Saturday, December 19, 2009

Arse Poetica

You've gone on at some length and tangent where the joys of discovery are experienced directly through the act of composition.

Do not, you admonish yourself these days, consider the merest blog post, personal essay, or book review complete without you having discovered some fact or behavior previously unknown to you. It goes without saying that you would persist in such focus if the work in progress is a short story or novel. Thus have you covered the bases.

What you had not considered is the increasing equation in which association has a direct relationship with discovery. From about the time of your late thirties, you'd written enough to be aware of a causal relationship between the two but it took you this added time from then until now to put it in so many words as a cause-and-effect recipe. As matters stand now, when associations begin to appear for you, there is no longer any question that you are "in" the material you are composing, immersed sufficiently to push aside awareness of the present moment, focusing instead on the separate life of what is being written, experienced, anticipated.

When you first became aware of this association connection, you assumed it was the product of maturity, bringing you the gift of association, leaving it on your doorstep to fend for itself, like an abandoned puppy. In its way, it made sense to equate age with experience and, thus, more medium in which associations could spawn. On considered thought, age isn't the focal point at all; muscle memory is the driving force. No matter the age. When you begin using the association connection, it begins developing muscles which in a literal as well as figurative sense lift story from one-dimensional to the sort of simulacrum of your choice.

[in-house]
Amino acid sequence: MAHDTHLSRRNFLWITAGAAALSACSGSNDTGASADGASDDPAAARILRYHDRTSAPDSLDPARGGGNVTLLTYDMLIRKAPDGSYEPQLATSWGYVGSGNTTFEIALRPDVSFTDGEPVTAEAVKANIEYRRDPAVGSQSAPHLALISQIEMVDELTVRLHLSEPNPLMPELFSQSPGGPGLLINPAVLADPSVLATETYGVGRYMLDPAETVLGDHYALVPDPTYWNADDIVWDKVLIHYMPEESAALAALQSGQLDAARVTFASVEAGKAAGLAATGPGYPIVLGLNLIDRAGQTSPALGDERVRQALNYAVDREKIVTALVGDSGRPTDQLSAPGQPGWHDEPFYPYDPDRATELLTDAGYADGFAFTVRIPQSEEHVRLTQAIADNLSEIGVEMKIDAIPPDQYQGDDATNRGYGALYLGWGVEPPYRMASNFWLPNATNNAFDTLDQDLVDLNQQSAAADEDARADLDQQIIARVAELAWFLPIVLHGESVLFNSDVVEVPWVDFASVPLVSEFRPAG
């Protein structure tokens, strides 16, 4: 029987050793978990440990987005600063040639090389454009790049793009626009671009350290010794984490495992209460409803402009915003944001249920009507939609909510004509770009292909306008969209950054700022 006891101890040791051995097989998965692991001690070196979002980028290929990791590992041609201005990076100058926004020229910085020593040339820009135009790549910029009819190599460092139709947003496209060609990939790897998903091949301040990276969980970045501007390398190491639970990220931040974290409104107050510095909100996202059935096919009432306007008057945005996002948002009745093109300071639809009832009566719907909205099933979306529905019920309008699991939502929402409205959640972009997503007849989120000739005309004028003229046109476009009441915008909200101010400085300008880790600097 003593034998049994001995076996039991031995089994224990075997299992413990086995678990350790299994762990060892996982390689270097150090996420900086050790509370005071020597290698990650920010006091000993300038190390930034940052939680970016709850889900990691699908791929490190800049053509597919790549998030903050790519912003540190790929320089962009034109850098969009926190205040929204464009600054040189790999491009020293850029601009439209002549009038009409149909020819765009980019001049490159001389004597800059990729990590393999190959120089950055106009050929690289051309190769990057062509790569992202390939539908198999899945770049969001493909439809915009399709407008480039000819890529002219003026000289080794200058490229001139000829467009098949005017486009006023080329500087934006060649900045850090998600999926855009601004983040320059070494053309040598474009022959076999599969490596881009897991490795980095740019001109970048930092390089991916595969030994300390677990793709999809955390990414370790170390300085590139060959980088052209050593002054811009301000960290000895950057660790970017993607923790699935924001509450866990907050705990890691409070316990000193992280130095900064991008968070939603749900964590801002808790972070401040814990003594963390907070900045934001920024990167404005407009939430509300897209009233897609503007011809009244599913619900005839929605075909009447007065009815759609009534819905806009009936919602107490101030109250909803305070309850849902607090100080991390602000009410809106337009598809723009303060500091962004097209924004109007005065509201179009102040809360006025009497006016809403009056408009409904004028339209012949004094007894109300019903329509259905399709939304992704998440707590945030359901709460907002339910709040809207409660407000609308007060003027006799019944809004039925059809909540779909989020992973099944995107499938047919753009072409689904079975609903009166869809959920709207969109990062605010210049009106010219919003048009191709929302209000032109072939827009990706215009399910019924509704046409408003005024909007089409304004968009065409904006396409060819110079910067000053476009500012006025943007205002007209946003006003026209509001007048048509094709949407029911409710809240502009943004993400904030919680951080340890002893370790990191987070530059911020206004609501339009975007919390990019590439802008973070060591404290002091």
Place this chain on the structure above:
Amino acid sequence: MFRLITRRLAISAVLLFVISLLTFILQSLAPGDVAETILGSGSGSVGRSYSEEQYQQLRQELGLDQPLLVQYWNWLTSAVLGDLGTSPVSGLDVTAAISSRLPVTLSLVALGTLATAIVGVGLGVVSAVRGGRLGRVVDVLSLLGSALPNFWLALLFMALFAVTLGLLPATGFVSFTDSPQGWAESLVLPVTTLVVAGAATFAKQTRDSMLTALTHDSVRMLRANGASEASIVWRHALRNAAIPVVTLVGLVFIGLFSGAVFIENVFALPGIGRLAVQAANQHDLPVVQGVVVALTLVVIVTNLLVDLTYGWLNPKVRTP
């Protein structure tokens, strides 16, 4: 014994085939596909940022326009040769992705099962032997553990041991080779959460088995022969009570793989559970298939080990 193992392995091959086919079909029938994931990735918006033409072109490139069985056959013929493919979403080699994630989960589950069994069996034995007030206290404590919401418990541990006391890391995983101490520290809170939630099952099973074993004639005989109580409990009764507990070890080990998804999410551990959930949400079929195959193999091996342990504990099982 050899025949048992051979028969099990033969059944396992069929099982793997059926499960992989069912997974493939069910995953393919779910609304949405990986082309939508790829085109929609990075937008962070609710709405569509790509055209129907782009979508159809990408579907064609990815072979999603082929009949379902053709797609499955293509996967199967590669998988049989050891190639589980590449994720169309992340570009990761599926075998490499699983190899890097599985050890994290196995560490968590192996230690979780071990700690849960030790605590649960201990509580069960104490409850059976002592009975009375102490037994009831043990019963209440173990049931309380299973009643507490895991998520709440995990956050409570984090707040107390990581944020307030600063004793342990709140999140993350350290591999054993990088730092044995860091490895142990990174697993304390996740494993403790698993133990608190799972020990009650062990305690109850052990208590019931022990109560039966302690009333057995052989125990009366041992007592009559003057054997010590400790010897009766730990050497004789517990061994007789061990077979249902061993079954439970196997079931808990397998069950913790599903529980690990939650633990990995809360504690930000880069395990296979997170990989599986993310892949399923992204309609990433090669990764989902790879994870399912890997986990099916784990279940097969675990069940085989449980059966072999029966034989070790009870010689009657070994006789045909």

Associations that trigger unexpected connections are those you prize most, the warmth and energy conveying to you a personalized landscape instead of the random ones where you sometimes find yourself, eager for some point however remote on which to orient yourself.

Aha moment: you write to find your way out of the random, the unknown, and the unfriendly neighborhoods in which you find yourself. These neighborhoods may be internal or external; the feelings in each are amazingly similar. By entering a random, mysterious, or openly hostile turf, you are reminding yourself of the great duality between the you who is a runner and the you who is a problem solver.

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